Are You a Self-Sabotaging Academic?

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It’s difficult enough being an academic, without setting yourself up to fail. Yet countless harried and hassled graduate students and professors do this daily.

How do they do it? Let me count the ways.

  1. They put too many things on their schedule. Then they get upset when they don’t do them all.
  2. They set unrealistic deadlines for themselves. Then they get upset when they don’t meet them.
  3. They think that other scholars write quickly and easily. Then they get upset with themselves when they find writing slow and difficult.

I could go on, but I think you get the picture.

The result of putting yourself into these kinds of situations is that you end up feeling inadequate and ineffective, and you don’t trust your own scheduling, planning and writing skills. This lowers your self esteem and decreases your motivation.

This self-sabotaging pattern comes about as a result of a conflict between expectations and reality. If you expect yourself to perform at an unrealistic level, you’re bound to be disappointed in yourself.


The Four Faces of “You”

How can you change this pattern?

To find some answers, let’s examine this in terms of setting deadlines, a skill that tends to trip people up a lot.

I see it as four sides of yourself that are at odds with each other. (No, you don’t have multiple personalities.)

“Adult You”

This is the side of you that is reasonable and objective. “Adult You” knows that you need to set a deadline, lets say for finishing your current chapter, in order to motivate yourself and keep yourself on course. You know you should set a reasonable deadline, which will allow for all the other things happening in your life. You also know that there is an optimum amount of time you should spend writing on a daily basis, say 30 minutes.

“Crazed Scholar You”

This side of you sees everything in extremes. If you don’t finish that chapter in 3 weeks! Everything! Will! Go wrong!

“Critical Academic You”

This side of you thinks of itself as extremely rational and logical, and is quite judgmental. “Any fool could write this chapter in 3 weeks.”

This part of you is grandiose and in denial. “As an undergrad, I wrote a 15-page paper in 48 hours, so it should be a snap for me to write this chapter in 3 weeks.”

What happens when these four sides of yourself get together? Well, 3 out of 4 of You agree – that chapter can be finished in 3 weeks!


“Super-Scholar You”

This part of you is grandiose and in denial.  “As an undergrad, I wrote a 15-page paper in 48 hours, so it should be a snap for me to write this chapter in 3 weeks.”

The Aftermath

Ok, it’s 2 days until your self-imposed deadline. Let’s tune in to the internal conversation:

“Critical Academic You”

“I knew it – you won’t make your deadline. You never do. You’re just not cut out for academia. Furthermore, you’re not that smart and you don’t know what you’re talking about. I don’t know how you fooled all of them for this long.”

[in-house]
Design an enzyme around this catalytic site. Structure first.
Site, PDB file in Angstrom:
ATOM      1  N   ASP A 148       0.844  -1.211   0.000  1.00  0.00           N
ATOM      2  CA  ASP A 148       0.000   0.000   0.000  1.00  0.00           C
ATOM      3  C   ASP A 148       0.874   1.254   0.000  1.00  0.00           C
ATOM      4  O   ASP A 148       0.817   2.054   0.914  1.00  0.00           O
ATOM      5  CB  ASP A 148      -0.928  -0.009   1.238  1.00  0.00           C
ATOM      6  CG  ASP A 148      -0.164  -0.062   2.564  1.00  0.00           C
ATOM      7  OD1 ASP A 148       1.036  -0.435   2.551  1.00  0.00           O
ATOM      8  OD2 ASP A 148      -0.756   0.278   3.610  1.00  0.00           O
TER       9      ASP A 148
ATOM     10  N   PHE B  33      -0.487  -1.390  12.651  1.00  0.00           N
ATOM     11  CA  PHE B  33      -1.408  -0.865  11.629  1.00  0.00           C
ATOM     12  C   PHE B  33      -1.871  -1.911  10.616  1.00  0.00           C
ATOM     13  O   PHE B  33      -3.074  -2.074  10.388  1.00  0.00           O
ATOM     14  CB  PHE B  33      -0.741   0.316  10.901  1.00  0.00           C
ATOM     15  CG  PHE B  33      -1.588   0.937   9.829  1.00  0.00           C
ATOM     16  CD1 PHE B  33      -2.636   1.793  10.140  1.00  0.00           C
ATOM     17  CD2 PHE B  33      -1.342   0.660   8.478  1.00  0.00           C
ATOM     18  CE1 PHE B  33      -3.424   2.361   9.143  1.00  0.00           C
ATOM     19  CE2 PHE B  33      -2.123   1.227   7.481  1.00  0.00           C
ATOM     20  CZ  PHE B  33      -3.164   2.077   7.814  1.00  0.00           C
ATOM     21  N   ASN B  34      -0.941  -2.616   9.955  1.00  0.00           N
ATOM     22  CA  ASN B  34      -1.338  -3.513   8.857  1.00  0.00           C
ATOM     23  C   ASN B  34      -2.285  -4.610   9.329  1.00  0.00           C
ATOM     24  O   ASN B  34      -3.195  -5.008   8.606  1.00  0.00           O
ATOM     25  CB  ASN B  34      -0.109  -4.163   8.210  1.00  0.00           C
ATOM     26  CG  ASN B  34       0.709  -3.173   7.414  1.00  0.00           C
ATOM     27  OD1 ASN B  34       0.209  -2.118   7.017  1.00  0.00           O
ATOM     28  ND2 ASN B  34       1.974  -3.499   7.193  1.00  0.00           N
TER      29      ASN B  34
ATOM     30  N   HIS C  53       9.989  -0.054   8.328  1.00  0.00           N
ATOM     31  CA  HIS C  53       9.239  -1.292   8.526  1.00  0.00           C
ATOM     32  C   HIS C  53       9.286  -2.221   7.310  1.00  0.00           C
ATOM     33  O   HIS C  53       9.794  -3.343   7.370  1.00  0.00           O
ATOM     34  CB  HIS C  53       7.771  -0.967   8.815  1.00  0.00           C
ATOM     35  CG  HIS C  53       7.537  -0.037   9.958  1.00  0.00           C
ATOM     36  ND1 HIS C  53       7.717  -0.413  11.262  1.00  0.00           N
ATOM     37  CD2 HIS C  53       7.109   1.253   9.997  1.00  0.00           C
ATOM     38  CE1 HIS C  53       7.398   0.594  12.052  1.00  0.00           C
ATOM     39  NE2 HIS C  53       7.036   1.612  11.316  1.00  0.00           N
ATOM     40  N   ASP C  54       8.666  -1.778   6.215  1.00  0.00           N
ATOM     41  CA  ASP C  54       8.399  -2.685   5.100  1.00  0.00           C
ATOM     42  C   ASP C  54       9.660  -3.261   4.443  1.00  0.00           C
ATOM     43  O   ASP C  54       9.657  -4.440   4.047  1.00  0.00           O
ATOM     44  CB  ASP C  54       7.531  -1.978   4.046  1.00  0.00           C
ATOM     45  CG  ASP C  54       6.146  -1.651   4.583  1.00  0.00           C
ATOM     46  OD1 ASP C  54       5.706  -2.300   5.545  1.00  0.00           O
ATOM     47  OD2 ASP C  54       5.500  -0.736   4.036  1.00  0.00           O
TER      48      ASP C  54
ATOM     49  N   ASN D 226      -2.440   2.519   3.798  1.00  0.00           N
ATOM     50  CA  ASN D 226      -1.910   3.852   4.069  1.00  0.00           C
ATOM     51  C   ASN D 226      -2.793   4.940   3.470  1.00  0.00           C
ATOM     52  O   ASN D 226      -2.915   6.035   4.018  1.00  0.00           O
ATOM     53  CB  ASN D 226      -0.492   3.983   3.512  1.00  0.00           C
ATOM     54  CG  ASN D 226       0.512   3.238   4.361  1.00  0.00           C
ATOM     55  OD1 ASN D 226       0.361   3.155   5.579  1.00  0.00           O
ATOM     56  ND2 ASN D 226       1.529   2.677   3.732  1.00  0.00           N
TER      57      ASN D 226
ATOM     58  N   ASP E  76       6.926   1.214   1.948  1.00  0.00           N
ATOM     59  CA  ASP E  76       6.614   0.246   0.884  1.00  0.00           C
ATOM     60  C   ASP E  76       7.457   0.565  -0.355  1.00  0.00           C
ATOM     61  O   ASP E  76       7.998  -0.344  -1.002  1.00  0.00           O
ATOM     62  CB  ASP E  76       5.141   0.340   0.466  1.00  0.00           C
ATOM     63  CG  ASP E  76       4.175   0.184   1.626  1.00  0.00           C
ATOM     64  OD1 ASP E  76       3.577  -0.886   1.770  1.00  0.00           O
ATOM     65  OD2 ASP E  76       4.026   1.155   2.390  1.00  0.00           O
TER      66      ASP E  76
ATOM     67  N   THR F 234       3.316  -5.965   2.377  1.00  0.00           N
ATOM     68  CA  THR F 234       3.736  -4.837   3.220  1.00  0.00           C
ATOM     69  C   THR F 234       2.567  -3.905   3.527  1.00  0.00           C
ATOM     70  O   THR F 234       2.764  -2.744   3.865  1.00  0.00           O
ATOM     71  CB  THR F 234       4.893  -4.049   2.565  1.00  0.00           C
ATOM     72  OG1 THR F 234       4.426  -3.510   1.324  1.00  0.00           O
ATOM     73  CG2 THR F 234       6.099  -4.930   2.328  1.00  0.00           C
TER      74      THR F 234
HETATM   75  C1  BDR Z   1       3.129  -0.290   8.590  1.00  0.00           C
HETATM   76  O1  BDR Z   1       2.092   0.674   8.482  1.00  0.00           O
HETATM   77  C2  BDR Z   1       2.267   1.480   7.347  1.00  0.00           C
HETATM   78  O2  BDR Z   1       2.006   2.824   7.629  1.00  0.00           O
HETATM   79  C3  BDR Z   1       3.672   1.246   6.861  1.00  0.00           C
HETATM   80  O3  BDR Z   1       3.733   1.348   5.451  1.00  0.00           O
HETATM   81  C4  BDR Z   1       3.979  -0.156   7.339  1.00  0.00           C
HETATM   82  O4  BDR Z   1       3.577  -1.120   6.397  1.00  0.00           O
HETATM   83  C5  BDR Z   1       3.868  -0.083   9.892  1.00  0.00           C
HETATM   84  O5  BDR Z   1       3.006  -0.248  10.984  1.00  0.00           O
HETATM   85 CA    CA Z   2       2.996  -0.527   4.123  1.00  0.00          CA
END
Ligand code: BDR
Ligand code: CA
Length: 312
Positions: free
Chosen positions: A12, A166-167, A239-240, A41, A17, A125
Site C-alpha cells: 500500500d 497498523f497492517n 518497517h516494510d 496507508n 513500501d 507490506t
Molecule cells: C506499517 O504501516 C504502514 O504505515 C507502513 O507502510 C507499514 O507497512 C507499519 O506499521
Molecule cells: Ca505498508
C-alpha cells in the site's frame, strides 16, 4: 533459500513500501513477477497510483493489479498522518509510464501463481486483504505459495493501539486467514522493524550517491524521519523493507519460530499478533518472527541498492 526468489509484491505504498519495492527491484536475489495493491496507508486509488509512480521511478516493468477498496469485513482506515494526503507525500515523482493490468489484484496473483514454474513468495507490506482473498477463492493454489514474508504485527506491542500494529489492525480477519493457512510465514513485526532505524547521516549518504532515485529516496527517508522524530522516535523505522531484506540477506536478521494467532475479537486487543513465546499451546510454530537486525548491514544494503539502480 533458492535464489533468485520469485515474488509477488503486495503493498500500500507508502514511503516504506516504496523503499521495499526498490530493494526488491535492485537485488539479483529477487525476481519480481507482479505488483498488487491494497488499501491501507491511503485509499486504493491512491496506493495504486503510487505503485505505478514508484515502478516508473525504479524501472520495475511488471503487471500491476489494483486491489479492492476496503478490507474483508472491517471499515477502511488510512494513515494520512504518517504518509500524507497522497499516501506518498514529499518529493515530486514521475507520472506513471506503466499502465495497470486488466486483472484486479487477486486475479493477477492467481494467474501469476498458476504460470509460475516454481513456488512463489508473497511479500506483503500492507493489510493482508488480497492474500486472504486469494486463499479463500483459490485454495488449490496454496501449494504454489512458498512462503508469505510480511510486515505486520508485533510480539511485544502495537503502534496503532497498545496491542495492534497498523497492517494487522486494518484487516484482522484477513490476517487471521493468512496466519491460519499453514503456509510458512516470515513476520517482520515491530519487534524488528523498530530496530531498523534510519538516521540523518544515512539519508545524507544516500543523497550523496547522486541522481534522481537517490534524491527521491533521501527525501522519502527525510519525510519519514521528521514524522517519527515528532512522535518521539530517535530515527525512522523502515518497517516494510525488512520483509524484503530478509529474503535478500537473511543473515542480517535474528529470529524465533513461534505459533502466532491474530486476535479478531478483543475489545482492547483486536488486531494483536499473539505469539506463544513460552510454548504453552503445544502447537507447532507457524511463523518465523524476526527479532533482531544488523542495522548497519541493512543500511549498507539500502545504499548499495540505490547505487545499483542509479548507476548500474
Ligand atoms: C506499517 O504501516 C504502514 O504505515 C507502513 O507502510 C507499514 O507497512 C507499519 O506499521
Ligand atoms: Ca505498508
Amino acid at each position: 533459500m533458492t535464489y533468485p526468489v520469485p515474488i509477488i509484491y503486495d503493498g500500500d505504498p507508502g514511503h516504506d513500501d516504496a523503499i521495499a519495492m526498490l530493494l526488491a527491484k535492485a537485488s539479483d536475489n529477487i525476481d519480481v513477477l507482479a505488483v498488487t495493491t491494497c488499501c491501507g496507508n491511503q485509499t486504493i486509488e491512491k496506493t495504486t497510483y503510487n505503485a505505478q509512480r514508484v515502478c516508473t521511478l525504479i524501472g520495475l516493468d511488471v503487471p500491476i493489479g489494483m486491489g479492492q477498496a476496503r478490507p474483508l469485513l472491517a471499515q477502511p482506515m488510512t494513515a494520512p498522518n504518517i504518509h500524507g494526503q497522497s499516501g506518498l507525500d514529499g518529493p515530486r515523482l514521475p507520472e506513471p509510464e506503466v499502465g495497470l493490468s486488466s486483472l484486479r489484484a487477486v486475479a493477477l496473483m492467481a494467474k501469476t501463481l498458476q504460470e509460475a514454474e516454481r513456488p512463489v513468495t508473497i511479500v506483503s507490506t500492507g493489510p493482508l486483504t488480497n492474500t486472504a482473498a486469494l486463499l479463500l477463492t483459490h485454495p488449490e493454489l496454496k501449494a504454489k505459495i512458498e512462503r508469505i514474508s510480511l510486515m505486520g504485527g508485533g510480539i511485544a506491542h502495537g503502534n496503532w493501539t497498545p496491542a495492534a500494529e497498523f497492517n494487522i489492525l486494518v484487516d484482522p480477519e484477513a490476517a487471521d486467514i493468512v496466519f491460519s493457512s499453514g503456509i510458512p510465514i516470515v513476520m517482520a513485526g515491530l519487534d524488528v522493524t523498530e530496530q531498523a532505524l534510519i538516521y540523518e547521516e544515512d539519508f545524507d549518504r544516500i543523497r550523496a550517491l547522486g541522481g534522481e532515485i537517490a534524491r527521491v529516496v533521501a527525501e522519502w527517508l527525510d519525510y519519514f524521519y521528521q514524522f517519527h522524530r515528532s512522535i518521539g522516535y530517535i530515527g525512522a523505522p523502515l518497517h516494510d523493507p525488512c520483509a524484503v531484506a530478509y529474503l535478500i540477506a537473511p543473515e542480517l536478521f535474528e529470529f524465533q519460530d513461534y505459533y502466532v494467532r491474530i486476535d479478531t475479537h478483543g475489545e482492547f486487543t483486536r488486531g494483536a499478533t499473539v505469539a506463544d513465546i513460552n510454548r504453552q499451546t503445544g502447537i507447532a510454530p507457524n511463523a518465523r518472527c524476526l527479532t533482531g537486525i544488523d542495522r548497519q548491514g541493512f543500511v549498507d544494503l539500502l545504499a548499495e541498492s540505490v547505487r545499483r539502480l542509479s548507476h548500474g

“Crazed Scholar You”

“Everything! Will! Go! Wrong! And it did!”

“Super-Scholar You”

“La-di-da! This didn’t happen, and besides, I’ve already forgotten about it! I’ll just set another ambitious deadline. I’m sure I’ll meet it! I always do!”

“Adult You”

“Be quiet, all of you. I set an unreasonable deadline, so of course I didn’t meet it. It doesn’t say anything about how smart I am. And there is no calamity here, so calm down. I just need to remember what I learned about being more realistic when I set a deadline.”

This final voice of reason is there, somewhere deep inside your head. But unfortunately, you can’t hear it. It’s drowned out by the other voices.

A Meeting of the Minds

The answer to this dilemma is that you need to help “Adult You” to have a louder voice. Here are some ways to do this:

  • Become aware of the negative voices. They are there in the background; you just need to tune in. You can’t answer them back if you haven’t heard them. Then write down what you hear. For example, you might hear: “You’ll never get this done!”

  • Answer the negative voices. Even if it feels like what they’re saying is true, go through the exercise of writing down a response. So for that above example, you could write, “If I continue writing a little every day, I will finish.” This will take care of the “Crazed Scholar You” and the “Critical Academic You.”

  • Keep records of how you actually do on making deadlines. Note how long it actually took you to write a certain number of pages, and how many minutes you actually spent writing daily. Note whether you are able to write on your teaching days, or on the weekends (not suggested.) This will help you with future time estimation, and will help you deal with “Super-Scholar You.”

  • Maintain a list of positive affirmations about your abilities, intelligence, and situation. Read it frequently. This will help you strengthen “Adult You.” And if you sign up for this newsletter (see upper left hand corner of this page), you will receive 4 pages of Positive Affirmations for Academics,” in addition to two other fantastic bonuses.

I believe that nobody sets out to sabotage themselves. If you follow these steps, you will feel more in control of your academic future, and feel better about yourself. And that strange buzzing in your head will stop.


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